Twenty Three Years Later
"The uniqueness of the forthcoming match, as I see it, is in the fact that for the first time in the modern World Chess Championships history the match between the legitimate world champion and a legitimate candidate won’t be a fight for the title of the strongest chess player of the world." Garry Kasparov
The date of the first game of the 12-game World Championship match Anand-Gelfand, which will take place in the Tretyakov Gallery in Moscow between May 10th and 31st, is fast approaching and so I would like to share with you some thoughts about it. Let's start with some statistics, even though you could find detailed ones on the official website of the upcoming match: http://moscow2012.fide.com/en/ Curiously enough the first game between the two players occured nowhere else, but in Moscow back in 1989. By that time both players were already extremely strong and had a number of impressive victories under their belts.
Thus, Gelfand had already won the very strong Sokolsky Memorial (one of the very few master tournaments in the former Soviet republic of Belarussia, current Belarus) in his native Minsk with 11.5 out of 16 at the age of 15, which is similar to Kasparov's achievement, who won the same tournament at the same age five years earlier. This success was followed by his win in the adult championship of Belarus in 1984 at the age of 16, tailing Fischer's win in the US Championship by just a bit. The next year he won the extremely strong USSR Championship under 18 where most of the world's future top players took part. In 1987 he tied for 2-3 in the extremely strong Young Masters tournament, in which only the best young Soviet players were invited to play. Later that year he qualified for the World Youth Chess Championship tying for first in the qualifier with the best young Soviet players under 18 and then won the European Championship under 21 with the impressive 11.5 out of 13. In 1988 he tied for first in the USSR under 20 Championship, then in the World Youth Championship, 1st League of the Soviet Championship( a qualifying tournament to the adult Soviet Championship, in which he played later that year) and finally in the European Championship under 21, which he won.
Meanwhile Anand, who is one year younger than Gelfand, won the World Under 20 Championship in 1987 and the adult Indian Championship in 1988. He also scored +5 in the 1988 Thessaloniki Chess Olympiad. However by the time of their first encounter Gelfand's results looked more impressive, maybe because he had more opportunities being a product of the Soviet Chess School.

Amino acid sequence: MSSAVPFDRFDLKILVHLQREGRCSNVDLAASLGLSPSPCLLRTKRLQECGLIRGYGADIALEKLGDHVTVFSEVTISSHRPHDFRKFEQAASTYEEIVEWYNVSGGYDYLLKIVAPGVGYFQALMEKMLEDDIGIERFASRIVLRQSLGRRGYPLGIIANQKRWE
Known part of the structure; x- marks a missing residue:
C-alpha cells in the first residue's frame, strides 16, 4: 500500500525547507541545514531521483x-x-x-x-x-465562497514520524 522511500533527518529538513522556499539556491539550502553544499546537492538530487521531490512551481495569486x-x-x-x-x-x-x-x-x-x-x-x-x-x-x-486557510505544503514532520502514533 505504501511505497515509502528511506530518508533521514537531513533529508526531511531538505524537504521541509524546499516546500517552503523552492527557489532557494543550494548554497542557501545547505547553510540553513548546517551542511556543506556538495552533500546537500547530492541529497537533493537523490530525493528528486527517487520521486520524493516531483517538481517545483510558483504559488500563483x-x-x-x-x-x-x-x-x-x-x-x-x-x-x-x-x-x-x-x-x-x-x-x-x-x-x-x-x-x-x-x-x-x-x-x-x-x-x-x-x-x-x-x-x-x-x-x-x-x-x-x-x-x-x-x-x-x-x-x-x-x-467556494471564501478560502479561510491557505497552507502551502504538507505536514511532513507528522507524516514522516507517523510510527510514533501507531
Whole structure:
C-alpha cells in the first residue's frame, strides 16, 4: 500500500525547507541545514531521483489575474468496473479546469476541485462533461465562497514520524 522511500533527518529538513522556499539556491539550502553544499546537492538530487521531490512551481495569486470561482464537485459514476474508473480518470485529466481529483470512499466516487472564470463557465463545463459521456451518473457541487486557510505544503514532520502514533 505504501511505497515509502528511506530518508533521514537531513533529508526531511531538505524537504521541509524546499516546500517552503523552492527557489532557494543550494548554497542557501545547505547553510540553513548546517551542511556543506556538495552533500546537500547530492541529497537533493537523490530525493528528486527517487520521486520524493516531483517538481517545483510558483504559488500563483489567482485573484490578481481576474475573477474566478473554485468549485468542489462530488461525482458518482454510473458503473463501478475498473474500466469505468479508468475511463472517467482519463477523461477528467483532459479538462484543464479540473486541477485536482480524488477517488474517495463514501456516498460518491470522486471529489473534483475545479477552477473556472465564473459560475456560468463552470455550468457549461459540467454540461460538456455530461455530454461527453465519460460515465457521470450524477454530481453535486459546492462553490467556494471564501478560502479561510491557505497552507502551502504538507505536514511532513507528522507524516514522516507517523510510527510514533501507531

Indeed, in their first 10 games Gelfand clearly dominated with 5 wins and just one loss-- by the way this was the only loss of white pieces in all their games between each other with the classical time rate! However, Gelfand's last win over Anand dates back to 1993. Here is the game with my short annotations:
Earlier that same year Anand beat Gelfand, which became the turning point in their encounters not only because this was Anand's first win over Gelfand, but also in view of the way he did so. In most early games Gelfand managed to outprepare his opponent, but here exactly the opposite occured. White got in trouble right out of the opening. Now I have the pleasure of annotating this fascinating game for you:
Since then Anand won no less than five more classical games (the last win occuring more than six years ago in Wijk aan Zee 2006) and lost none.
However their last seven games were drawn and none of them reached move 30! The classical score is now 6-5 in Anand's favor and he hasn't suffered a single defeat from Gelfand for as long as 19 years!
Vishy was also dominant in their rapid games (most of them were played in Monaco) winning no less than eight games, losing just once. Curiously, even here we see a high importance of the white pieces in their encounters. Surprisingly, they played very few official blitz games, though Anand's superiority here is also out of question (3 wins, 4 draws, no losses). In spite of these statistics, the match is not going to be a cake-walk for the World Champion. Gelfand showed high determination when play for the title was involved. He played rather successfully in many candidate matches in the 90s, tied for second in the FIDE World Championship tournament in Mexico in 2007, won the World Cup in 2009, which qualified him for the Candidates tournament in 2011, which he also won. The latter yielded him the right to play for the crown. On the other hand Anand has already played a few World Championship matches and thus is much more experienced in this respect, as the match in Moscow is Gelfand's first attempt to fight for the title. However it's obvious that Gelfand will be much more motivated to win the title for the first time than Anand to keep holding it. As many top players indicated Gelfand also has stronger nerves, which is a very important factor in such a match. Although Gelfand's score against Anand in rapid chess is disastrous I can't be sure that the Indian GM would be a favorite if they reached the tie-breaks, since then the nerves factor will come into play. However the Israeli grandmaster will try to finish the match in the classical games.